PUBLIC SECTOR CLIMATE TASK FORCE
What are we doing?
Formed in May 2007, the Joint Venture Public Sector Climate Task Force includes representatives from every city, town and county in Silicon Valley, plus several special districts and other public agencies. The group also includes advisory members from local organizations working on sustainability and energy conservation and several affiliate members from for-profit companies in relevant sectors.
To develop effective collaborative solutions for the reduction of greenhouse gas emissions from public agency operations and to provide a neutral forum for city and county government agencies and special districts to learn from each other and from others about climate protection programs.
The goals of the Public Sector Climate Task Force are to:
- Accelerate the reduction of greenhouse gas emissions by public agencies.
- Use demand aggregation to conserve scarce public resources.
- Encourage and support the growth of the clean technology industry.
- Provide leadership for the region and the world.
Under its action plan, the task force seeks to:
- Conduct inventories of greenhouse gas emissions.
- Develop a vision for the region and set goals.
- Identify and analyze specific opportunities to reduce emissions.
- Form procurement pools to obtain the best prices on new technologies.
- Identify and evaluate financing options.
- Pilot solutions and share experiences.
- Measure progress toward our goals.
Why are we doing it?
The residents of Silicon Valley are worried about the impact of climate change. They are taking action at home, and they expect public institutions to do the same. Why? Because public sector leaders manage office buildings, community centers, waste and water treatment plants, streetlights, data centers, acres of landscaping, and fleets of vehicles - all of which add up to a large carbon footprint.
There are many tools and technologies for reducing emissions, but they tend to be expensive: solar panels, hybrid cars, bio-diesel trucks and buses, and waste handling and methane capture equipment all require substantial long-term capital investment. But because local government faces serious fiscal constraints, resources are not available for everyone to mount projects of this nature. For that reason, Joint Venture is working with Silicon Valley's local governments to develop collective approaches that pool demand, concentrate labor, and save money.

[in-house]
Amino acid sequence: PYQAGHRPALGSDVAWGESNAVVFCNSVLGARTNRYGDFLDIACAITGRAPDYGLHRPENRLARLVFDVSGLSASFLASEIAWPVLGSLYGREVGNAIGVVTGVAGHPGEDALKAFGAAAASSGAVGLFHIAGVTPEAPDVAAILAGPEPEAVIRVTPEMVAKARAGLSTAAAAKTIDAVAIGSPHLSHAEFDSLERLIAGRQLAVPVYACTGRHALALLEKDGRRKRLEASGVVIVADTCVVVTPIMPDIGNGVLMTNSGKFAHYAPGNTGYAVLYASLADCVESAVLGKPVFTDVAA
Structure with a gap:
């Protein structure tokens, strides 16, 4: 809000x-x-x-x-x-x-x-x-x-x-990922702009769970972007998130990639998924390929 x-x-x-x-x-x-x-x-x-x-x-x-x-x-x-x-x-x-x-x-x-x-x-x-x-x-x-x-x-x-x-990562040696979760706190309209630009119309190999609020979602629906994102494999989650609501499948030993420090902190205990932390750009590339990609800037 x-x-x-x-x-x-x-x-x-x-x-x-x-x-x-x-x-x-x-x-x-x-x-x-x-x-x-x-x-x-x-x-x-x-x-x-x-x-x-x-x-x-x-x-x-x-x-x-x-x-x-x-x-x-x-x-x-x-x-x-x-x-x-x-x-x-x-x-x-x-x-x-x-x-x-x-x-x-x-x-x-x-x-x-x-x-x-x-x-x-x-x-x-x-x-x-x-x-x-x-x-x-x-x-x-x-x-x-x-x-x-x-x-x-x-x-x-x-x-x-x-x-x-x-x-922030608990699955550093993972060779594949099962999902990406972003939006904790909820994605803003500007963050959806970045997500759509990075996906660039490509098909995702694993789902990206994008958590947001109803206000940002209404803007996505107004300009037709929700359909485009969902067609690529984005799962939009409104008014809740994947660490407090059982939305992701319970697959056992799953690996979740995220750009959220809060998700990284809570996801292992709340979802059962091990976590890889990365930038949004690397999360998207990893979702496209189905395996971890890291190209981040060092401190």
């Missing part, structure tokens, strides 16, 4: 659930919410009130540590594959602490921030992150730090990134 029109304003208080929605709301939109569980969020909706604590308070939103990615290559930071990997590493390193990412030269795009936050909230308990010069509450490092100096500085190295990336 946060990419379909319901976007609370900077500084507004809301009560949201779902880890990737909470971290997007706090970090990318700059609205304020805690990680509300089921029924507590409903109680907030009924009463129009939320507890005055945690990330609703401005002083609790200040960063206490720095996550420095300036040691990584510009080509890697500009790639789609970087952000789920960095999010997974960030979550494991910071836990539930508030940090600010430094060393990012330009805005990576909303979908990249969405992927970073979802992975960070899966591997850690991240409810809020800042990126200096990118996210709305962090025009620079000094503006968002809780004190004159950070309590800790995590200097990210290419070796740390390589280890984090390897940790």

The collective approach also creates a more stable demand and stimulates local markets, becoming a powerful tool for local economic development.
The Task Force includes representatives from every city, town and county in Silicon Valley, plus several special districts and other public agencies. The group also includes members from local organizations and companies in related sectors. It is co-chaired by Kim Springer, County of San Mateo, and Christina Gilmore, Town of Los Gatos.
What are the latest developments?
- We have completed Phase One of a multi-agency procurement of solar power for local public agencies using Power Purchase Agreement financing. The project, encompassing public agencies in 2 counties with dozens of installation sites, is the nation’s largest public sector renewable energy procurement collaborative.
- Phase One of the project will generate more than 14 MW of power at peak capacity, the equivalent of planting 2,800 acres of trees, providing enough power for 2,700 average-sized homes. In total, these sites will more than double the entire solar installed capacity for nonresidential systems.
- The project is generating $70 million in local economic activity and more than 300 jobs, and has won several local, state, and national awards.
- Over a dozen cities and counties on the Task Force are working with Joint Venture in a partnership funded by PG&E to complete government operations emissions inventory updates.
What are the next steps?
- We are holding bi-monthly meetings of sustainability staff members in 44 cities/counties and other public agencies, plus several key advisory and affiliate members, to share best practices related to sustainability work and embark on collaborative projects to reduce greenhouse gas emissions from public agency operations.
- We are working with the City/County Association of Governments of San Mateo County on the rollout of RICAPS, their Regionally Integrated Climate Action Planning Suite, a CAP template and set of associated tools.
- Six jurisdictions in Santa Clara County, under the County's leadership, are developing Energy Efficiency Climate Action Plans with the support of PG&E and assistance from Joint Venture.
Where do I find out more?